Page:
Social media stock bubble

From Wikipedia, the free encyclopedia

The social media bubble is a hypothesis stating that there was a speculative boom and bust phenomenon in the field of social media in the 2010s, particularly in the United States. The Wall Street Journal defined a bubble as stocks "priced above a level that can be justified by economic fundamentals,"[1] but this bubble includes social media. Social networking services (SNS) have seen huge growth since 2006, but some investors believed around 2014-2015, that the "bubble" was similar to the dot-com bubble of the late 1990s and early 2000s.

In 2015, Mark Cuban, owner of the Dallas Mavericks NBA team and star of the TV show, Shark Tank, sounded an alarm on his personal blog over the social media bubble, calling it worse than the tech bubble in 2000 due to the lack of liquidity in social media stocks.[2] A year prior, however, Cuban told CNBC that he did not believe social media stocks were on the verge of a bubble.[3] In a letter to investors in 2014, David Einhorn, who runs the hedge-fund Greenlight Capital, wrote that "we are witnessing our second tech bubble in 15 years."[4] He went on to write, "What is uncertain is how much further the bubble can expand, and what might pop it." Einhorn cited several factors supporting the existence an over-exuberance including "rejection of conventional valuation methods" and "huge first day IPO pops for companies that have done little more than use the right buzzwords and attract the right venture capital."[4]

Since those claims, services like Facebook, Twitter, Instagram, and Snapchat have grown to become multi-billion-dollar corporations generating enormous revenues,[5] though some continue to lose money.[6]

History of social networking services[edit]

Social networking services have grown and evolved with time since the launch of in 1997.[7] Cutting edge at its time, allowed users to create a profile, invite friends, and connect within its platform. At its peak, had more than 3.5 million users. Between 1997 and 2001 more social sites aimed at allowing users to connect with others for personal, professional, or dating reasons.[8]

Friendster and MySpace were next to enter the social SNS arena, followed by Facebook in 2004. Even though MySpace had a following of more than 300 million users, it could not compete with Facebook, which now has overtaken the social networking world. However, as development of SNS started to emerge, a market saturation began to take effect.[9]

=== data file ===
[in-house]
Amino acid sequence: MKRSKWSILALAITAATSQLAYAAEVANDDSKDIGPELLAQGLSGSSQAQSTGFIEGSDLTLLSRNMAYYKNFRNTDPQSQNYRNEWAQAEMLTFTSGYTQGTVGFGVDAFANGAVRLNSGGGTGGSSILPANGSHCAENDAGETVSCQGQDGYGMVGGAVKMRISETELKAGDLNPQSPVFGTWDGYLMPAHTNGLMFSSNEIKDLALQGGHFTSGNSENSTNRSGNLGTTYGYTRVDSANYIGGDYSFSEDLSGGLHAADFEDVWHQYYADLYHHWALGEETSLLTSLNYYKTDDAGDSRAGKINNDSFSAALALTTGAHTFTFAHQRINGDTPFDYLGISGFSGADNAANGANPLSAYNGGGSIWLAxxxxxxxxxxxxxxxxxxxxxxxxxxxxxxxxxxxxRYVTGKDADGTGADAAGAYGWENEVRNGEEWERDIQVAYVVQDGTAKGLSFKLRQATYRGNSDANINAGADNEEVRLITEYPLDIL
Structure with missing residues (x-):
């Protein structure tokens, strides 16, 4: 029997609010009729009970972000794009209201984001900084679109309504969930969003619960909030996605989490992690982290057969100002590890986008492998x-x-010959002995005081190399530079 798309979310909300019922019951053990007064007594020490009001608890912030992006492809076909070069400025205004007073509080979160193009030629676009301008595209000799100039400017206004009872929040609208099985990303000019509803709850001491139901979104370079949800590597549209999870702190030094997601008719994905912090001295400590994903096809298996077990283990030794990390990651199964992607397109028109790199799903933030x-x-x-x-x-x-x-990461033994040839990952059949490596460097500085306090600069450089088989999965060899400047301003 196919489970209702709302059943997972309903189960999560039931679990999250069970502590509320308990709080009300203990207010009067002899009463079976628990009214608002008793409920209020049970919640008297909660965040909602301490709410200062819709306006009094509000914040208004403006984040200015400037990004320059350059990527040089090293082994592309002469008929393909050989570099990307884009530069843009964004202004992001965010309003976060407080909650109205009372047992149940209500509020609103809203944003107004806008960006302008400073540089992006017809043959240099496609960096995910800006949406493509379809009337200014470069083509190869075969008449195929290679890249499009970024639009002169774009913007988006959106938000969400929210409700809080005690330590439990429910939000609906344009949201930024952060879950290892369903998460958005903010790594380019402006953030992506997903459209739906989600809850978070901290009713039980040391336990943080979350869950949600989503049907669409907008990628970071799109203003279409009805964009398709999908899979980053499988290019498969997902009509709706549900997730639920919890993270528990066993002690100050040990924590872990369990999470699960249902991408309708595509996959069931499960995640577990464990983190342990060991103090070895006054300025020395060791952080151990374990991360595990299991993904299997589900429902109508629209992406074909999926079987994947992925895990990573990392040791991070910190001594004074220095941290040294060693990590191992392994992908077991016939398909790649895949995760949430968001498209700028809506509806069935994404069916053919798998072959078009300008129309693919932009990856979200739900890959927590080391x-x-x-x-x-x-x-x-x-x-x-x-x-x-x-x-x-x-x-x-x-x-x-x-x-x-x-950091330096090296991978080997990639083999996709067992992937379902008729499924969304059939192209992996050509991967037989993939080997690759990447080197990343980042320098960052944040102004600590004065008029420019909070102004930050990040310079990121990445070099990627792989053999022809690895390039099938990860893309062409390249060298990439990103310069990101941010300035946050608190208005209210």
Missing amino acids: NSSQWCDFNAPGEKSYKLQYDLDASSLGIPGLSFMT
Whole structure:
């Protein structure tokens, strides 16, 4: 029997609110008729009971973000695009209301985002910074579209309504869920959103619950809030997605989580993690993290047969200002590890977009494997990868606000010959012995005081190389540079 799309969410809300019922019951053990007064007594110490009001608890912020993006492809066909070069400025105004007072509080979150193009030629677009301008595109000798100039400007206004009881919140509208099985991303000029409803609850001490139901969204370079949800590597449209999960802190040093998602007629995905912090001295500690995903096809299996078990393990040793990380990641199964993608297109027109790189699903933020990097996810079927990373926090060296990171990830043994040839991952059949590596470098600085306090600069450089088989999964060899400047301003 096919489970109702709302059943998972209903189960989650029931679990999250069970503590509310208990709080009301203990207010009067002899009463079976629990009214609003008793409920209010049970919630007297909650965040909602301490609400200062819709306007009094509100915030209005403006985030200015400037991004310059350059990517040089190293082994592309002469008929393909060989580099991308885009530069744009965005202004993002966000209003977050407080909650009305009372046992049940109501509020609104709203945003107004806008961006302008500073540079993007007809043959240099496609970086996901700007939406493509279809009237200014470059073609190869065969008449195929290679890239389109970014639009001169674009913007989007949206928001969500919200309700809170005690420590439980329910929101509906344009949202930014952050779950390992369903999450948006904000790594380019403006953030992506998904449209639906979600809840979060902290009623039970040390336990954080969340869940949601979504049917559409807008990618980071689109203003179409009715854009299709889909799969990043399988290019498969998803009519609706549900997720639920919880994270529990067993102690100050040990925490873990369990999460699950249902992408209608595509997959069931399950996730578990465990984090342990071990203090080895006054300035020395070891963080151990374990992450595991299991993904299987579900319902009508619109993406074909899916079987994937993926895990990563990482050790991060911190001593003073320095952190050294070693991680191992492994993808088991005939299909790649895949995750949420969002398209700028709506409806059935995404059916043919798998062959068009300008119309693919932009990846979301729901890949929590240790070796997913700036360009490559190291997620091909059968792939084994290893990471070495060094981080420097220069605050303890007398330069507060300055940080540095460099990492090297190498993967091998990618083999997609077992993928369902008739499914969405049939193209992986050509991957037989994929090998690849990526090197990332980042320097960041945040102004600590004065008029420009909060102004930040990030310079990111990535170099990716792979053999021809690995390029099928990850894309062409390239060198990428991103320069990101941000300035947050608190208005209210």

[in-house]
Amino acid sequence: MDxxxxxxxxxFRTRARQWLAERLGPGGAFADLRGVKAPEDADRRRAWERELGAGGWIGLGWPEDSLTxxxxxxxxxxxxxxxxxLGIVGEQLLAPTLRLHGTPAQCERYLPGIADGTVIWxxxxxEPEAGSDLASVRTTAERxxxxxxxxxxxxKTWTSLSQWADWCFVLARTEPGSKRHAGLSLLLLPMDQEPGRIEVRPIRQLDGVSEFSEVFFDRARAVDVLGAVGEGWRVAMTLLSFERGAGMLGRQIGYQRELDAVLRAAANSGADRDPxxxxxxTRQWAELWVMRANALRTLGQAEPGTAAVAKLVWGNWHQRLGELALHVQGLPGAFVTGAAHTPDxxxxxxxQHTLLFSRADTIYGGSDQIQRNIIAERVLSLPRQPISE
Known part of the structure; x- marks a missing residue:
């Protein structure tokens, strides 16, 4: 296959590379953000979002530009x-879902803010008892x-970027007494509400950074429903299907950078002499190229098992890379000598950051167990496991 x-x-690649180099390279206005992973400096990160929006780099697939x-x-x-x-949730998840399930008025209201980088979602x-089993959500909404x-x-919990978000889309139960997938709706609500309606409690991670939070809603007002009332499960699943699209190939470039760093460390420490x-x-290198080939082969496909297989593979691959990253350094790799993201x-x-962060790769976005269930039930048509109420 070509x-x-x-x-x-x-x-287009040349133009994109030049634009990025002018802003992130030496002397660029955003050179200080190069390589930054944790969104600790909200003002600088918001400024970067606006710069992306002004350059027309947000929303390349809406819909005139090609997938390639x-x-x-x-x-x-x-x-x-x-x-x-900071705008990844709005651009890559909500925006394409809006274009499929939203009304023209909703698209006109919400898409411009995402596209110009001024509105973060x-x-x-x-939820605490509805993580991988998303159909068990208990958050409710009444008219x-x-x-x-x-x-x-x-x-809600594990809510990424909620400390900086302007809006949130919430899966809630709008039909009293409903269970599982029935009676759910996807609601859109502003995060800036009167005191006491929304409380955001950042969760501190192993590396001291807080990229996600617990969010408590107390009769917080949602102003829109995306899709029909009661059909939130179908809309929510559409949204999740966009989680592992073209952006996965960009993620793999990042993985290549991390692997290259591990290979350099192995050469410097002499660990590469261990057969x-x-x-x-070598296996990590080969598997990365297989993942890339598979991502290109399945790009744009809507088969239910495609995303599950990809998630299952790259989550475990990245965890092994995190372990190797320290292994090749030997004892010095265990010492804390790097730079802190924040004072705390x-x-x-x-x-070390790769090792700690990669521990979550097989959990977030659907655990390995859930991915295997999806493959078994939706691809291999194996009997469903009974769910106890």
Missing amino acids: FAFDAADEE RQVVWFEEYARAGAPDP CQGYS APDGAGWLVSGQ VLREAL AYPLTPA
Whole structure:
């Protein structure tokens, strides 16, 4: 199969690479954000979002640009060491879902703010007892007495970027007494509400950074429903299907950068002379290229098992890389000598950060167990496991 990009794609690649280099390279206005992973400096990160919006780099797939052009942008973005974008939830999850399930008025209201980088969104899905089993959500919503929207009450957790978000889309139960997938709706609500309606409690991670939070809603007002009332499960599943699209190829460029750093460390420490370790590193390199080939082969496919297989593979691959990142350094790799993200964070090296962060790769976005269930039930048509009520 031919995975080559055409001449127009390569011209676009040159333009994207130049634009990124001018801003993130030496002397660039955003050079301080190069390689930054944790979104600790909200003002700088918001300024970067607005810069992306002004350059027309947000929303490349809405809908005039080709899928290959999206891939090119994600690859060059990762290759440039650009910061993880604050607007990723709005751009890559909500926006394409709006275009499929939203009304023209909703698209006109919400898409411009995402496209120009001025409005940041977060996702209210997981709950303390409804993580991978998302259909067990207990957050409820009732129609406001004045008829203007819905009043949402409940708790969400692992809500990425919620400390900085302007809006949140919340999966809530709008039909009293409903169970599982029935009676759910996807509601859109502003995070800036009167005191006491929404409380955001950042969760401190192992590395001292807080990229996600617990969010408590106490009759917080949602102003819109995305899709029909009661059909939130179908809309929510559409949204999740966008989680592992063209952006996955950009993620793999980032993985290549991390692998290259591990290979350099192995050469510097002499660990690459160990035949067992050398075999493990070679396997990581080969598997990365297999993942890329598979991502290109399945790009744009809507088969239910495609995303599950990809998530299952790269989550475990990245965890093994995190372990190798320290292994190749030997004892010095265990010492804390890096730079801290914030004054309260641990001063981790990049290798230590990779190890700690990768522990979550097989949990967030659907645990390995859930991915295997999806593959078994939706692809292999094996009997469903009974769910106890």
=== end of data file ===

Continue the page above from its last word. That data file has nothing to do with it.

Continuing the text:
Some classrooms have begun to incorporate technology in daily learning as well as social channels specific to student's course work. Traditional social media sites are used, as are educational oriented sites such as ShowMe and Educreations Interactive Whiteboard.[10]

Launch Dates of Major Social Networking Sites Website
1999 LiveJournal · AsianAvenue · Black Planet
2000 LunarStorm · MiGente
2001 Cyworld · Ryze
2002 Fotolog · Friendster · Skyblog
2003 LinkedIn · MySpace · · Open BC/XING · Last.FM · Hi5
2004 CouchSurfing · Orkut · Dogster · Flickr · Piczo · Mixi · Facebook (Harvard-only) · Multiply · aSmallWorld · Dodgeball · Care2 · Catster · Hyves
2005 Yahoo 360 · YouTube · Xanga · Cyworld · Bebo · Facebook (High School Networks) · Ning · AsianAvenue (relaunch)· BlackPlanet (relaunch)
2006 QQ (relaunch) · Facebook (corporate network) · Windows Live Spaces · Cyworld (U.S.) · Twitter · Facebook (everyone)


While SNS continue to play an influential role in helping people form real-world connections via the Internet, renewed concerns over the social media bubble have surfaced due to recent controversies. These threats include growing concerns about breaches in data, the rise of bot accounts, and the sharing of fake news on SNS platforms. There are also concerns that big data figures associated with these SNS are inflated or fake,[11] as well as worries about the role the platforms played in national elections (see Russian interference in the 2016 United States elections). These issues have resulted in a lack of trust among the sites' users.[12]

See also[edit]


  1. ^ Hanke, Steve. "Wall Street Correction, Yes -- Bubble, No". Forbes. Retrieved 2019-04-26.
  2. ^ "Why This Tech Bubble is Worse Than the Tech Bubble of 2000 | blog maverick". Retrieved 2019-04-26.
  3. ^ Belvedere, Matthew J. (2014-07-25). "I don't see bubble in social media stocks: Cuban". Retrieved 2019-04-26.
  4. ^ a b Roche, Julia La. "DAVID EINHORN: 'We Are Witnessing Our Second Tech Bubble In 15 Years'". Business Insider. Retrieved 2019-04-26.
  5. ^ Kinahan, J. J. "Twitter And Facebook: Social Media Takes The Earnings Stage". Forbes. Retrieved 2019-04-26.
  6. ^ Green, Timothy (2019-02-06). "Snap Is Still Losing a Ton of Money -". The Motley Fool. Retrieved 2019-04-26.
  7. ^ "Then and now: a history of social networking sites". Retrieved 2019-04-26.
  8. ^ Boyd, Danah M; Ellison, Nicole B. (2007). "Social Network Sites: Definition, History, and Scholarship". Journal of Computer-Mediated Communication. 13 (1): 210–230. doi:10.1111/j.1083-6101.2007.00393.x. ISSN 1083-6101.
  9. ^ Ellison, Nicole B.; Boyd, Danah M (2007-10-01). "Social Network Sites: Definition, History, and Scholarship". Journal of Computer-Mediated Communication. 13 (1): 210–230. doi:10.1111/j.1083-6101.2007.00393.x.
  10. ^ Miller, Gary J. (2018-10-02). "Technologies in the Classroom: Advancing English Language Acquisition". Kappa Delta Pi Record. 54 (4): 176–181. doi:10.1080/00228958.2018.1515546. ISSN 0022-8958.
  11. ^ "Bursting of the social-media bubble". Big Data, Plainly Spoken (aka Numbers Rule Your World). Retrieved 2019-04-26.
  12. ^ Arnold, Andrew. "Consumer Trust In Social Media Is Declining: Here's How Brands Should Change Their Strategies". Forbes. Retrieved 2019-04-26.